Can I clone my Proxmox VM? I want multiple VMs like my existing Proxmox VM.
That was a recent support ticket received at our Infrastructure Management Services department where we monitor and manage our customer servers.
When you need to setup many individual VMs all of a sudden, it becomes a tiresome task. That’s where you can use the cloning process in Proxmox.
Today, we’ll discuss how our Support Engineers efficiently clone a Proxmox VM.
Why you need a Clone?
Before going into the details, let’s first see the need of cloning a Proxmox VM.
For server providers, installing guest operating system and applications is a time consuming task. With clones, servers owners can create VMs from a single installation and configuration process.
And, this becomes really helpful when you need to install VMs to a group or create identically configured VMs in Proxmox clusters.
Similarly, on VMs running critical websites, cloning brings in redundancy, because it creates an exact copy of the live servers.
However, one downside is that cloning is applicable only for KVM based VMs, not for OpenVZ containers.
Clone VM in Proxmox – How to do it?
Now, let’s see how our Dedicated Support Engineers clone a VM in Proxmox.
1) Prepare Proxmox VM
We usually do the cloning process from Proxmox GUI. So, we make sure we’ve the root logins to GUI or other user has the privilege to create VM.
Secondly, we ensure that the existing VM has all the required configuration such as memory, disk space, CPU, etc. Because, all clones created from this VM will have identical configurations.
In addition to that, we check the versions of all software running on the Proxmox VM prior to the cloning process.
2) Clone the VM
The actual cloning process happens in this step. We follow the below series of steps to clone the Proxmox VM,
- Select the VM from the Proxmox GUI and right click on it.
- Click Clone to open a cloning dialogue box.
- Select the options such as target node, new VM ID, VM name, cloning mode, etc.
- Click on Clone to start the cloning process.
We can select the cloning mode as either Linked Clone or Full Clone.
A Full clone VM is a complete and independent copy of the original VM. So, it requires the same disk space as original.
On the other hand, Linked clone VM is a copy of the VM and shares the disks with the parent virtual machine. So, it requires less disk space.
3) Changes after Cloning
There are some issues that can pop up after the cloning process. That’s why, our Support Engineers maintain a checklist of problems that may occur after cloning and fix it.
We mainly see that duplicate VMs have the same hostname, MAC address, SSH keys, etc. of the original VM. So, if the original VM and the clones are running on the same network, it can create problems.
Let’s see how our Support Experts take care of these issues.
i) Correct hostname
We login to the cloned VM terminal as root user and change the hostname of the server. On Linux VMs, we change the hostname from /etc/hostname file. In addition to that, we make sure that the new hostname reflects in the files /etc/hosts and /etc/network/interfaces.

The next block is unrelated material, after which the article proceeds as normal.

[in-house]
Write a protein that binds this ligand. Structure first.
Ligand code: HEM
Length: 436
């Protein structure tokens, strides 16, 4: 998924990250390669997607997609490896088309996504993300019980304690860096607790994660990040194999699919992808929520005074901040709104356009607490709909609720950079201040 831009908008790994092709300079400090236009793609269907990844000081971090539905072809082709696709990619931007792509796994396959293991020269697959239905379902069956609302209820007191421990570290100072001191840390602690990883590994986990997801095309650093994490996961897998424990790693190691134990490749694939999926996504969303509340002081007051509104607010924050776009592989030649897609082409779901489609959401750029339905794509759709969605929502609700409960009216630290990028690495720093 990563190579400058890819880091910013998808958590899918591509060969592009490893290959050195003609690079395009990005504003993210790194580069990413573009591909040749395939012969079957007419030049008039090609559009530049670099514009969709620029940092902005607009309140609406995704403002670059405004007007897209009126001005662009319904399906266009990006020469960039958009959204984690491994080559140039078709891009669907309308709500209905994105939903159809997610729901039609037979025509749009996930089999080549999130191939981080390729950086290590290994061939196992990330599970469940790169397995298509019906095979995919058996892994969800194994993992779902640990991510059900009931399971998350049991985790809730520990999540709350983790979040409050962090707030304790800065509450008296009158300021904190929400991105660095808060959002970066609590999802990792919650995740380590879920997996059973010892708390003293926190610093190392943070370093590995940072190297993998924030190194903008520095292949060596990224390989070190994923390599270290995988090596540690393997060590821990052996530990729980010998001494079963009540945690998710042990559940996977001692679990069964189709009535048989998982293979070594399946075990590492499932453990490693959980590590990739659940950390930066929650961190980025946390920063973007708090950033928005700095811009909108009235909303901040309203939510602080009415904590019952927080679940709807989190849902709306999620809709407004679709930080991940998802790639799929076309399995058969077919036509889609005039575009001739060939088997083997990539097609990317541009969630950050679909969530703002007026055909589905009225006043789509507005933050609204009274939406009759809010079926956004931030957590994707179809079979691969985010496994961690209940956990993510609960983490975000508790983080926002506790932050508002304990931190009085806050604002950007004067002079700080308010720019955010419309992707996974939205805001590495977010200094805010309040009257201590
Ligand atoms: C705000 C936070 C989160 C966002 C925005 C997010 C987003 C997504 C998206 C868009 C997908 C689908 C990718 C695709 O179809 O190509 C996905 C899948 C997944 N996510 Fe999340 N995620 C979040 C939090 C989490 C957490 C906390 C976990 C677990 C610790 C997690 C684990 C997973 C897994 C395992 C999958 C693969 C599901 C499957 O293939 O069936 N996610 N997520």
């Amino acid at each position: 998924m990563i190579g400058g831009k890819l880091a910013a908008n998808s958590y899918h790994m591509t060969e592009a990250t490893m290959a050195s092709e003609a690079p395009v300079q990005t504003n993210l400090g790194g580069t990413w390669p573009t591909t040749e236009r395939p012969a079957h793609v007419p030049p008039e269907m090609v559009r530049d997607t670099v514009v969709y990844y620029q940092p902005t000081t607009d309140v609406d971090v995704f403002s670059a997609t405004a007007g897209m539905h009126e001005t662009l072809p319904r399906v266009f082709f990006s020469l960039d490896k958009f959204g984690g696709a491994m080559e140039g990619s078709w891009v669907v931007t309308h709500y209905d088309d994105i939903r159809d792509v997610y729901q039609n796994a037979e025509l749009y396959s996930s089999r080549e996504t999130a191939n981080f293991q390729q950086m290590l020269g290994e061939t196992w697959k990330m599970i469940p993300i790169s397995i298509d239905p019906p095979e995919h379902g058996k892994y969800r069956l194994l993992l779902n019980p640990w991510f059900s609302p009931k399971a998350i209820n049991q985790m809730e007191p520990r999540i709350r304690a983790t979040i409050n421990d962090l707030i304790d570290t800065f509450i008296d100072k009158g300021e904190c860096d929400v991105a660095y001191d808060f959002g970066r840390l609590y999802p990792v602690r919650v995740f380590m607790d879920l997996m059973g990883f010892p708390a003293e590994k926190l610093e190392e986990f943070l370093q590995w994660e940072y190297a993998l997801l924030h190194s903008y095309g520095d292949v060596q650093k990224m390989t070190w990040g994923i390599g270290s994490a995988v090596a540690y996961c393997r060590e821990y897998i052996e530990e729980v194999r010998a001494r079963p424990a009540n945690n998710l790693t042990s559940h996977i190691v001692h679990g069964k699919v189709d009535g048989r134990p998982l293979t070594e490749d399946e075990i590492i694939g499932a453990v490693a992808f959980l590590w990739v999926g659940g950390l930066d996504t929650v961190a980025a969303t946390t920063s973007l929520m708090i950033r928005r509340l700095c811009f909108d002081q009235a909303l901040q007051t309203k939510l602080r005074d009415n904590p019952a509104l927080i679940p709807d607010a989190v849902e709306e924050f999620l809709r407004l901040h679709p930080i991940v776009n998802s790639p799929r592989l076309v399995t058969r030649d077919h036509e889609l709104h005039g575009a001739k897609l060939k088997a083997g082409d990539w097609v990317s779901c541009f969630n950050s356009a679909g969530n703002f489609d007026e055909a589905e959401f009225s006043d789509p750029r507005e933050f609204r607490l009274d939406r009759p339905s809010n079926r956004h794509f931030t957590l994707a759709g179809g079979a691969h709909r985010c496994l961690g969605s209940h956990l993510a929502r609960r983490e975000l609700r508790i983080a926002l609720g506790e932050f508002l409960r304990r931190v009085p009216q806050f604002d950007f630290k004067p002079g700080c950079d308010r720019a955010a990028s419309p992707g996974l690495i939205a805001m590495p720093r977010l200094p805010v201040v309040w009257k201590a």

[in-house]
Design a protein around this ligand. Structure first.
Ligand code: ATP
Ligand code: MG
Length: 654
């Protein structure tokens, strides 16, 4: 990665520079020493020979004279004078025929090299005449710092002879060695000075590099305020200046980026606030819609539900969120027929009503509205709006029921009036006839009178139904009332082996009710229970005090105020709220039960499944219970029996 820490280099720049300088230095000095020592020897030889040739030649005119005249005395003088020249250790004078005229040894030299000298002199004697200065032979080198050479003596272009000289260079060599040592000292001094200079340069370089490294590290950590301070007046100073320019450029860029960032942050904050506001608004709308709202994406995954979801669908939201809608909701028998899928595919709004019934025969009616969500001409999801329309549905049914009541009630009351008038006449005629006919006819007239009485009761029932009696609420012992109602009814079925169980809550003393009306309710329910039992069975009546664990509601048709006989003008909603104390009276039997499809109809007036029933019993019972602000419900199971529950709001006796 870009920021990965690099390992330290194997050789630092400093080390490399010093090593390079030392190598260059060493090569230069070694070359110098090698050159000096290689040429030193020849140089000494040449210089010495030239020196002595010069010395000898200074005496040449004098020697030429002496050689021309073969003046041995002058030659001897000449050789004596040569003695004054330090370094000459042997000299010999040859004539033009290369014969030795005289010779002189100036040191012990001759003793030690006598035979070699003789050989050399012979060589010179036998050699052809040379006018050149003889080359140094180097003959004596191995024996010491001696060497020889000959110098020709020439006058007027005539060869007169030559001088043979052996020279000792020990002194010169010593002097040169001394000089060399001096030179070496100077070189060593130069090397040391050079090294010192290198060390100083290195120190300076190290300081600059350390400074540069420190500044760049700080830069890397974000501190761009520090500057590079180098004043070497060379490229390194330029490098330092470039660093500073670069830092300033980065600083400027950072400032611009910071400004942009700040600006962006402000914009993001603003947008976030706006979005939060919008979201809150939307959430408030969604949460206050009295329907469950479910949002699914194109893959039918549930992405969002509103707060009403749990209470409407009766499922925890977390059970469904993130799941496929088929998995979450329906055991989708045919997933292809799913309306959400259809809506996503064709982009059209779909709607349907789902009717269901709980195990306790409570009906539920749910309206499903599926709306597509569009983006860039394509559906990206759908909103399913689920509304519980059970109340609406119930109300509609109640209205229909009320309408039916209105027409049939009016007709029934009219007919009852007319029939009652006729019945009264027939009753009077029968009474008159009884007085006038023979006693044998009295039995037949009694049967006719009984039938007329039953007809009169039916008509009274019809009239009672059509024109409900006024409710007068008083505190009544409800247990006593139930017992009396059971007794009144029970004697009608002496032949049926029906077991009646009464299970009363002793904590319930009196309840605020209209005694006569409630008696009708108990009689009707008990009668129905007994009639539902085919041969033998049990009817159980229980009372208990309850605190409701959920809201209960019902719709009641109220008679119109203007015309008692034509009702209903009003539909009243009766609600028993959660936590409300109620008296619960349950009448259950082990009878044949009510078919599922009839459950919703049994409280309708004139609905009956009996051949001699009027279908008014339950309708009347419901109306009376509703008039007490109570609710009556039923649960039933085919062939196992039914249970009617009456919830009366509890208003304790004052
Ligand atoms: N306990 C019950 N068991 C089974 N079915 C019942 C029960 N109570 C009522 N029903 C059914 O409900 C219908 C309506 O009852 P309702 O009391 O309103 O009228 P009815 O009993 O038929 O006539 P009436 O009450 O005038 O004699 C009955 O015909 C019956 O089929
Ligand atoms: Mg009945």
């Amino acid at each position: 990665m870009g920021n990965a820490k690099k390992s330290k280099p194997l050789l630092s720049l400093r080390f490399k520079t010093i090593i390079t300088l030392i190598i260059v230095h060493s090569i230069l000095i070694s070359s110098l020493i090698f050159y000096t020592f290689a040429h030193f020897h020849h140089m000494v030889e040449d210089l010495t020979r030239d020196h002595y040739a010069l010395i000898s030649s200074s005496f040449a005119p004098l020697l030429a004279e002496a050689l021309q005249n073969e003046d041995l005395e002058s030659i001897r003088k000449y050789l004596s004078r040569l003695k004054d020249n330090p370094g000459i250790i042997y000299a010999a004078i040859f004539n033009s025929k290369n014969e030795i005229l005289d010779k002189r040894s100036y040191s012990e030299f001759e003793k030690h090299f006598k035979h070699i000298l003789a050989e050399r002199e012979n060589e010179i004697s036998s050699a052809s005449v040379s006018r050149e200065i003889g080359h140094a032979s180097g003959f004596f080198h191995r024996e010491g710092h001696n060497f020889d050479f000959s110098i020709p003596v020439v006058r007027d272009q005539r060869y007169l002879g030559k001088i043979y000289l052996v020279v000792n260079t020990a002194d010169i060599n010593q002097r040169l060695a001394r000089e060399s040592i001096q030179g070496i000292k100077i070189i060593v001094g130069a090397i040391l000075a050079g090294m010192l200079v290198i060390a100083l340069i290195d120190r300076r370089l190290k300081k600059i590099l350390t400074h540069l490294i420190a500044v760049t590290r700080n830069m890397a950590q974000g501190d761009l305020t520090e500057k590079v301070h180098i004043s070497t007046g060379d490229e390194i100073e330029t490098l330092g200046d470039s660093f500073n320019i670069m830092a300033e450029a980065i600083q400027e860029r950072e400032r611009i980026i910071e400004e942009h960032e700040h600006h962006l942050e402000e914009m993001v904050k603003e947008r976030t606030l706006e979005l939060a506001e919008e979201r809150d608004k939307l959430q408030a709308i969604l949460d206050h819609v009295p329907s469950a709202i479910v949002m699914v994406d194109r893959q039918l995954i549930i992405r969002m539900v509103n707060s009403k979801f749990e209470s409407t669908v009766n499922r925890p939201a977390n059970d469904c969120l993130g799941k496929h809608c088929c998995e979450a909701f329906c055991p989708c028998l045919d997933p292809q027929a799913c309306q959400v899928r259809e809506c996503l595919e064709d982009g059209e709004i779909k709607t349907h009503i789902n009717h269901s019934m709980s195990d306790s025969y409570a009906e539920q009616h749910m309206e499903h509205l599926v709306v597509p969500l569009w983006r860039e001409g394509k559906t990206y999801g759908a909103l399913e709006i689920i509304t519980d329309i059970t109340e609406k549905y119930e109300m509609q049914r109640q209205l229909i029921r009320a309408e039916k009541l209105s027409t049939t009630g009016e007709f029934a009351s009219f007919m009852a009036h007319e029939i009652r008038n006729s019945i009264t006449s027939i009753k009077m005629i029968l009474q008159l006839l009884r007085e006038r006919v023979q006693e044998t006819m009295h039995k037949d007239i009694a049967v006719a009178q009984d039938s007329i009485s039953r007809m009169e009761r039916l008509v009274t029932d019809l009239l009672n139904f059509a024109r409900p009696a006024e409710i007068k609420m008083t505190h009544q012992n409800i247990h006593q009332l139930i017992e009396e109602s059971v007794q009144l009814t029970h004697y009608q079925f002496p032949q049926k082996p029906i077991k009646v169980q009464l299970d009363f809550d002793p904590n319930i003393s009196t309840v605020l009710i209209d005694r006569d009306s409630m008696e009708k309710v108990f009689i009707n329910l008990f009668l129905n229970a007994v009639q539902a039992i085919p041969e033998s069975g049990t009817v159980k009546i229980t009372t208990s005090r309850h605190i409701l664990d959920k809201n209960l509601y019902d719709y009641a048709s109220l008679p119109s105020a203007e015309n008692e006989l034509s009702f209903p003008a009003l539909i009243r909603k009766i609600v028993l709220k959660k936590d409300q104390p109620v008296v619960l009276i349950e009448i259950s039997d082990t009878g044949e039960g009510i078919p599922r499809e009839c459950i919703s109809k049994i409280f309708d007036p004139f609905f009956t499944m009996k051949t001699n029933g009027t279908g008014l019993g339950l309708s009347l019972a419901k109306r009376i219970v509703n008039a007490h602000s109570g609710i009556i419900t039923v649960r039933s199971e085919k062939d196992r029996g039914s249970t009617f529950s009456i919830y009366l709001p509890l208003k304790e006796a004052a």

Further, we reboot the server to reflect these changes.
ii) Change MAC address
When we duplicate an existing VM, the MAC address also gets duplicated. This may create serious problems. In such cases, our Support Experts remove the virtual NIC(eth0) and create a new one. This will create a new MAC address for the VM. Further, we restart the VM and confirm if everything works fine.
iii) Change SSH keys
The SSH host keys should be identical for each VM to ensure security. So, it’s important to regenerate the SSH keys after cloning a virtual machine. For example, on a Linux VM, we regenerate the SSH keys using the following steps.
- Login to VM via terminal as root user.
- Remove the previous SSH keys from the location “/etc/ssh/“.
- Reconfigure Openssh. For example, see the below command.
Considering the above problems that can happen while cloning an existing VM, our Support Engineers sometimes opt the option of creating the VMs from a template. Let’s discuss that case too.
A template is a pre-configured operating system image that can be used to deploy KVM virtual machines. However, a VM that’s converted to a template can’t be powered on or roll back to functioning state.
We follow the below steps to convert a VM to a template.
- Install the VM with all the drivers and software packages.
- Remove the user data, password and keys and power off the VM.
- Right click on the VM and click Convert to template.
Then, we can go ahead with creating a new VM from this template. These steps are identical to the VM cloning process without a template. But. it prevents the overhead of changing the hostname, MAC address, etc. of the new VM.
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In short, the process of cloning a VM in Proxmox involves a series of steps. Today, we’ve discussed how our Dedicated Support Engineers effectively clone a Proxmox VM.